Posted by: colloquiallyspeaking | May 7, 2013

When Terrorists Die

On December 1, 2001, my husband stood on an unfamiliar street in the heart of an unfamiliar country.  He had just turned eighteen and his life was shit.  He just wanted a little something to numb the pain.

This was the place to be, he was told.  Here was the action.  By day, a bustling pedestrian mall, by night, a refuge for the down and out to come nurse their pain with whatever was available.  This was where the action would be.

The street was full.

He was standing in an alleyway, right next to Burger King, when the first bomber blew up.  He told himself it was a sonic boom.  Then he walked a few feet forward and saw the carnage.

A man lay on the floor in front of him with blood pouring out of his head.  People ran past, up and down the street, oozing blood, their clothes torn…their hands holding pieces of themselves.

He walked down, to the right, propelled by the masses of people.  There were bodies on the floor.  It was surreal.  Smoky.  Dark.  Chaos.

And then the other bomber burst into a shooting flame, rising above the buildings, right into the crowds running away.

That’s when he realized there was nowhere to go.

That’s when he realized what it means to live with enemies.

By the time the third bomb, hidden in a car up the street blocking access to emergency personnel blew up, a new reality had formed in his mind.

Half a bottle of vodka later, as he watched the news play the scenes he witnessed over and over again, he noticed he was still shaking.

He was eighteen, in an unfamiliar land.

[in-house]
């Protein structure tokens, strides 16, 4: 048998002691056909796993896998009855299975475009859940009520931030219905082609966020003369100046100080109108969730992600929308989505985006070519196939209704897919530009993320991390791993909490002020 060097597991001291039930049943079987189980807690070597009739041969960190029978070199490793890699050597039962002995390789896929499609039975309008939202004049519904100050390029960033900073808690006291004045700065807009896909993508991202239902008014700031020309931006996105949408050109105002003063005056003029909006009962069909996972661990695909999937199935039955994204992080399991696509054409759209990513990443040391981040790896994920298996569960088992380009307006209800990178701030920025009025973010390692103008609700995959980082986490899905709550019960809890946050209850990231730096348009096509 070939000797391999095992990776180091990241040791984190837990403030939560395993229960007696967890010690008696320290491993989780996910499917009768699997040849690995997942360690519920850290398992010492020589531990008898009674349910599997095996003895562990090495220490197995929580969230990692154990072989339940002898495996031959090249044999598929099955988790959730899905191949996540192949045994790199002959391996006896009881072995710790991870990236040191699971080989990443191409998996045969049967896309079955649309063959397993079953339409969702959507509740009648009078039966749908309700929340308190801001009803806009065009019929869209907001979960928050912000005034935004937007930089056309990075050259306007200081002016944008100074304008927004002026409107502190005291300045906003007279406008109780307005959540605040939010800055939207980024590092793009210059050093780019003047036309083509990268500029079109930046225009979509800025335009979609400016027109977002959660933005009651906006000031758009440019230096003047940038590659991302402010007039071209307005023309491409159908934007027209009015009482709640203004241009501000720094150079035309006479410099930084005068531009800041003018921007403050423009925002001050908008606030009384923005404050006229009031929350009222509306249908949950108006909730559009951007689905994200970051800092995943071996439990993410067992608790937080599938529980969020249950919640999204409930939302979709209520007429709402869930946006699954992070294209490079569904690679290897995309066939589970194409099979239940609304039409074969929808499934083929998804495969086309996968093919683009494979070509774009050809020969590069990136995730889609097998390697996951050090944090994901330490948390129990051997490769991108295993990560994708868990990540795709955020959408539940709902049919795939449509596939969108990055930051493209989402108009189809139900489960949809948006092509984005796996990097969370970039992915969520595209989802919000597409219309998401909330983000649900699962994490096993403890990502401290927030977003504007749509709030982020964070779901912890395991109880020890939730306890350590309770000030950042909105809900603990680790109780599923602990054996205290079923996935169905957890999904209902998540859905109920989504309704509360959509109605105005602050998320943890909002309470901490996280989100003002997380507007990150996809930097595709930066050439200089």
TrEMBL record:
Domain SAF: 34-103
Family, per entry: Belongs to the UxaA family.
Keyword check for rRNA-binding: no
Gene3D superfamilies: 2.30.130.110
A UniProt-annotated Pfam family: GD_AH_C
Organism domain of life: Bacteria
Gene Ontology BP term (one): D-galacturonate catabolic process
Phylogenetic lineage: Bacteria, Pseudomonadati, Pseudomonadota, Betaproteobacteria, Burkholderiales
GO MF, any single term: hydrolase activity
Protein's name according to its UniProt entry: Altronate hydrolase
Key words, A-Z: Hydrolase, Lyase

*          *          *          *          *          *          *          *          *

We’ve been reading the news and following up on what happened in Boston.  I don’t know if we have a right to comment.  I don’t think it’s fair to compare.  But I do have one thing on my mind.

That night, back in 2001, 13 people died; 11 civilians and 2 terrorists, and 188 civilians were injured.  When the death toll is counted, there is always a pause before this is said, but it is said.  Two bodies, however mangled and destroyed they are, are gathered and taken care of.  I don’t know if they are buried with anything more than a shovel and a box, or how often they get returned to their families, but they are not left to rot.

Because the dead, despite who they were before or what they did, deserve a bit of dirt to disintegrate into.

It’s not the least or the most we can do.  It’s not a favor.  It’s not anti-justice, or pro-terrorism.  It’s humane.

We live in Israel.  We suffer at the hands of people who think we have no right to live.  But we maintain a spirit of humanity that we can’t deny.  We come from dust and we return to dust.  Once we are nothing but flesh and bone we must return to the ground, despite our breathing moments.

There is a terrorist who is nothing more than a body now.

As long as he lies on a table with nowhere to go, he has taken away an entire country’s ability to rise above in the fight for a higher ethical code for humanity.

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Responses

  1. A very close relative of mine was one of the injured in that bombing on December 1, 2001.

    I can hear what you’re saying about how the dead deserve to be buried, despite what they did. And I can even agree with it. But there is still that part of me – that part that saw how much my relative suffered – that has a hard time wasting any emotion on worrying about the terrorist lying on the table.

    • but here’s my point – there should be no emotion involved. not about a body. i understand that there are intense emotions when it comes to who the person was, where he came from and what he stood for, but the body…when a person who dies as a victim of hate, tragedy, illness or age, we connect to the body through the life it lived. here, the situation calls for an immediate and forgettable burial – that’s all. the life he lived will be remembered because of what he did, and it will be torn apart and analyzed so people can learn from it, but the body is no longer relevant.


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